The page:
Given the origins of Bloodstained: Curse of the Moon, a follow-up was not guaranteed. But Inti Creates made one after all, and I’m glad they did. Taking the old saying “If it ain’t broke, don’t fix it,” to heart, Bloodstained: Curse of the Moon 2 mostly retains the charm and challenge of the original, all while adding its own flavors to the experience.
A new cast of adventurers
Like its predecessor, Bloodstained: Curse of the Moon 2 has you traversing levels as a group of characters that you can switch among at any time. Zangetsu returns from the first game, complete with the same abilities and sub-weapons. Ritual of the Night’s Dominique makes her first appearance in the Curse of the Moon games as well, wielding a giant spear. Lastly, newcomers Robert, a gun-slinging soldier, and good boy Hachi, a Corgi piloting a mech, join the team. How could that not be a good idea?
Each of these characters serves unique roles, helping them stand out among the crowd. Dominique is the most agile of the group, allowing you to jump higher and slide into crawlspaces. She also has a unique ability to heal allies and a rare, powerful ability to revitalize the whole party. Afraid to get up close and personal? Look no farther than Robert, as his ranged attacks may be just what you need. If you’re looking for easier level traversal, Hachi is your dog, as he can both hover across large gaps and destroy or otherwise negate most stage hazards. And while Zangetsu is mostly a cookie-cutter protagonist when it comes to his abilities, if you play in the new co-op mode, you actually get a second Zangetsu to play around with.
Knowing when and how to use each character becomes an important tool for your survival. Losing a character doesn’t result in losing a continue unless they’re your only remaining character. Instead, dying sets you back at the beginning of the room, but without the use of the lost character. Even so, their absence means you can’t take advantage of their abilities, which can make certain rooms or boss fights increasingly difficult or eliminate access to certain pathways.
One major improvement Bloodstained: Curse of the Moon 2 brings over the first is how its story is structured. In the first game, you were able to shape the story based on how you reacted to each of your companions in the first few stages. Though this gave you the freedom to play how you wanted, it could be very easy to skip over some of these paths if you never realized you could kill off your compatriots.
Bloodstained: Curse of the Moon 2, on the other hand, breaks its story down into episodes, and accessing them is more straightforward. Completion of one episode typically unlocks the next one (though with a bit of exploration, you can actually skip one), so you won’t have to worry about missing anything. Playing through these back to back can be a little exhausting, since you’re mostly going through the same set of levels in each episode, but different pathways and revamped bosses spice things up. The big exception to this is the final episode, which throws the entire formula on its head by adding even more characters into the mix.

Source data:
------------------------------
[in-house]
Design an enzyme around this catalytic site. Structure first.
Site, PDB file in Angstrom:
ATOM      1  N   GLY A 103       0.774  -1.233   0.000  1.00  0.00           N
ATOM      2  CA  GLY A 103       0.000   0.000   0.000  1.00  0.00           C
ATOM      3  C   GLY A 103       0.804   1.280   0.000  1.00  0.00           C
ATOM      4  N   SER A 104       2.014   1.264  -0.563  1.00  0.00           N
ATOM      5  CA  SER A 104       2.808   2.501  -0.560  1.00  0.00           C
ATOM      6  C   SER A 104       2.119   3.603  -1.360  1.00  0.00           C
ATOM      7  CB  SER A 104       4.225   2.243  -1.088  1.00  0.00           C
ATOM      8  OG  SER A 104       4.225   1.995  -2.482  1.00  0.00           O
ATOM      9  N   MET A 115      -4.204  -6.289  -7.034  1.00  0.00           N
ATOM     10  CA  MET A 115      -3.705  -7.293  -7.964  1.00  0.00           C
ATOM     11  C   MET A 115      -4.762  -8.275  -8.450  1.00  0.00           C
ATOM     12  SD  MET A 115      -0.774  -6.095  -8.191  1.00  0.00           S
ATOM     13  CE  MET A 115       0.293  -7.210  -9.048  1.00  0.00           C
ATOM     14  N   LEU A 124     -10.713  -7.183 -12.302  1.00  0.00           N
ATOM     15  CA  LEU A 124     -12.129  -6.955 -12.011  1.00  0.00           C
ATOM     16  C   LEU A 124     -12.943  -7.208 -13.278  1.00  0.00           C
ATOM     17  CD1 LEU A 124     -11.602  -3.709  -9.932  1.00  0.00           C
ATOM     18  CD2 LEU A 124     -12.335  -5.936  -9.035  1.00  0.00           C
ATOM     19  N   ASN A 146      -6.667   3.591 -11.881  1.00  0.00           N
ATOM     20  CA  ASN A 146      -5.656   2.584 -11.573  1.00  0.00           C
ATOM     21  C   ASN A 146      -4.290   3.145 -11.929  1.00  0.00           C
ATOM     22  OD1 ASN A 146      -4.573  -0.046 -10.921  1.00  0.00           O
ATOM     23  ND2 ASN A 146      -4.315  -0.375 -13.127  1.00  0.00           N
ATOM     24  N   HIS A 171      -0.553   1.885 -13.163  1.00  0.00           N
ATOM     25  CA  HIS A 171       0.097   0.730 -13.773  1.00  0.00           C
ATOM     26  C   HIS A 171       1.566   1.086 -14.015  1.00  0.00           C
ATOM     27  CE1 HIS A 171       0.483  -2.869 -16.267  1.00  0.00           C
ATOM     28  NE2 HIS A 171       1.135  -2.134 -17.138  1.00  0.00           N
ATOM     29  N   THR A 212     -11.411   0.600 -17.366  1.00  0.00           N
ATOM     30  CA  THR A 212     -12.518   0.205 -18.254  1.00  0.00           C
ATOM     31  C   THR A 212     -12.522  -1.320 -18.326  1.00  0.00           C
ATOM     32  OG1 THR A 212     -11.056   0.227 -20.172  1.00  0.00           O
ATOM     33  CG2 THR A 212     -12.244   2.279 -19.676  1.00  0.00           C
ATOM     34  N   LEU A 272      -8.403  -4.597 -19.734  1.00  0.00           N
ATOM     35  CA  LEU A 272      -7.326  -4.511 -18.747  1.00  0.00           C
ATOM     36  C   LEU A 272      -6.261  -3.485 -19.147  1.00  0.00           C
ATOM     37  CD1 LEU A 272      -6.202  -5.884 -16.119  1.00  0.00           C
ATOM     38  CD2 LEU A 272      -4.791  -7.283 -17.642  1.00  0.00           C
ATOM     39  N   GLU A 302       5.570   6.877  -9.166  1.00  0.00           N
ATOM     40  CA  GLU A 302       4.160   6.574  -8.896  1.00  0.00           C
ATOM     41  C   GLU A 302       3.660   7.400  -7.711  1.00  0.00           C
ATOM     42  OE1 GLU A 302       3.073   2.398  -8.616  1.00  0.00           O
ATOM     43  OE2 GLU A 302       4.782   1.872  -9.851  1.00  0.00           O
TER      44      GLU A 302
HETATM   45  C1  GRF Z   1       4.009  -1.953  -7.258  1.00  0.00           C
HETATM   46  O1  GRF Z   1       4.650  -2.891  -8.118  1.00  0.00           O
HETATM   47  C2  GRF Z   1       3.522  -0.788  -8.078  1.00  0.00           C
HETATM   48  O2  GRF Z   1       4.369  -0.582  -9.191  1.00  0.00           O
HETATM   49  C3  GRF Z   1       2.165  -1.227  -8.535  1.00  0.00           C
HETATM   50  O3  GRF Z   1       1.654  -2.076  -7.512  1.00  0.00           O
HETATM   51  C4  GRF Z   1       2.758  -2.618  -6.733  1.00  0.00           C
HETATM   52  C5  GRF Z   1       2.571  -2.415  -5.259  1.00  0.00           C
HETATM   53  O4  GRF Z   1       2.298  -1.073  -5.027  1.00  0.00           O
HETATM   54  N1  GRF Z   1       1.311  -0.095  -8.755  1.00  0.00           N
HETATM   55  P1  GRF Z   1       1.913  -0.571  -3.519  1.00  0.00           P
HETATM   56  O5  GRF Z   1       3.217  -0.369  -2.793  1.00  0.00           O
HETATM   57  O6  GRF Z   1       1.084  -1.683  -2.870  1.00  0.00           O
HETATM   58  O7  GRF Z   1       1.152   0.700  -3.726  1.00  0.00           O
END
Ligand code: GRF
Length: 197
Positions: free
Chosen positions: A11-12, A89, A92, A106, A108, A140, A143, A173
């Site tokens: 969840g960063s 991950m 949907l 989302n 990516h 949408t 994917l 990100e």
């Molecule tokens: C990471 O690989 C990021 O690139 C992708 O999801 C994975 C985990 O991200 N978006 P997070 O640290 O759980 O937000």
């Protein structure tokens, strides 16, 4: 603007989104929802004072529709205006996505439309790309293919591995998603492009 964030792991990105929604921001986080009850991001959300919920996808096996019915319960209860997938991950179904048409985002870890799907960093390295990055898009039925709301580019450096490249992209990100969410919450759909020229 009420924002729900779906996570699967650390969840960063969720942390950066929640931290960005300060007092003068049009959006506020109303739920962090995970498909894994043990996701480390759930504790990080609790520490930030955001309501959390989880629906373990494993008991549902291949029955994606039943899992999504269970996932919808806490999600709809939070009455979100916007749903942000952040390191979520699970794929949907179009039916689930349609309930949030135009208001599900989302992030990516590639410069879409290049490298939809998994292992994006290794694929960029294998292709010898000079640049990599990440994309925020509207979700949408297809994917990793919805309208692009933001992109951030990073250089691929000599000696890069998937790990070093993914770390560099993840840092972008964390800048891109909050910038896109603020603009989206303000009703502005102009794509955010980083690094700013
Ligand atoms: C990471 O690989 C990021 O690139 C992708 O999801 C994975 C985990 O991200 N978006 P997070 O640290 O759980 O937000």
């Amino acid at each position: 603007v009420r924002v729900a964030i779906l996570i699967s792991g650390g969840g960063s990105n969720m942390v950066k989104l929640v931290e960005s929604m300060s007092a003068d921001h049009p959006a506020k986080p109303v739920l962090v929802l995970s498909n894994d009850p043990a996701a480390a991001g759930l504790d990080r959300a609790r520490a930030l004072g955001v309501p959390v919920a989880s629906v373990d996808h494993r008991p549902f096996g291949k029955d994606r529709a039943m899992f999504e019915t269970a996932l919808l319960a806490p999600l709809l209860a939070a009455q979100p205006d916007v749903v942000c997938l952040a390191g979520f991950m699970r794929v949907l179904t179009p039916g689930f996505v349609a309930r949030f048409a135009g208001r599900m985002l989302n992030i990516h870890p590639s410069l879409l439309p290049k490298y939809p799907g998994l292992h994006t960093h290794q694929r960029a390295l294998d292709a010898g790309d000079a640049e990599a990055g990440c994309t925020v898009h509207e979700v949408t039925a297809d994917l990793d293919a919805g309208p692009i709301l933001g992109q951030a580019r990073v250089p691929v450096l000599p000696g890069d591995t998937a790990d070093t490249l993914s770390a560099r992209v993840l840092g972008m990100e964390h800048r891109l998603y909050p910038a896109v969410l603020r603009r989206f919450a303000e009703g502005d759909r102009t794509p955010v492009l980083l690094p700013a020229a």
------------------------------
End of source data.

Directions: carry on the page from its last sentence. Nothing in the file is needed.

Another area in which Curse of the Moon 2 shines is its level design. Each of the game’s eight stages span diverse environments from murky swamps to fiery caves to icy villages. What strikes me even more though are the actual layouts. The first time through each stage, your path is largely set. On subsequent episodes though, you’ll be able to take advantage of branching paths, often with the added benefit of a power-up, such as increased health or weapon points. Regardless of path, every enemy and obstacle feels fairly placed. That isn’t to say they don’t often provide a challenge to navigate around, but I never really felt like it was unfair, even on Veteran mode (basically “Normal” mode to Casual mode’s “Easy”). That is — until I got to a few of the bosses.
The big baddies
For the most part, Curse of the Moon 2 provides an excellent variety in enemies, both in design and challenge. A few bosses feel reminiscent of bosses from the first, but they are ultimately different enough to feel distinct. And as aforementioned, the bosses add new attacks to change up their patterns in later episodes, keeping up the entertainment in what could otherwise be a series of repetitive encounters.
Given the quality of most boss fights, it’s pretty noticeable when one lags behind. Such is the case with the sarcophagus boss in Stage 6. Every time I got to this fight, I knew I was going to leave pretty frustrated. This fight can be incredibly hectic, with projectiles flying in multiple directions across the screen. You can always attack them to clear a path, but trying to do so while climbing randomly spawning towers to get to the appropriate height to attack the boss can be incredibly rough, especially once the number of projectiles increases in Episode 2. This fight was the only time I thought about quitting, as it felt incredibly cheap, especially with characters receiving knockback upon taking damage on Veteran mode. Luckily, this is just one blight on an otherwise great title.
If you’re familiar with Bloodstained: Curse of the Moon, you’ll feel right at home with its sequel. It’s more or less the same great experience you’ve come to expect, with a few surprises thrown in for good measure. The new characters feel great to play as, and if you want to partner with a friend, the new co-op mode allows you to do so. Level designs make full use of their respective abilities, keeping the action from getting stale on subsequent playthroughs. If I have one major complaint, it’s that one of the bosses felt rather cheap, especially in Episode 2. With a bit of strategy and skill, you can persevere, but likely not without a few moments of pure frustration. We may not have needed Bloodstained: Curse of the Moon 2, but now that it’s here, it’s sure to become a staple of my library.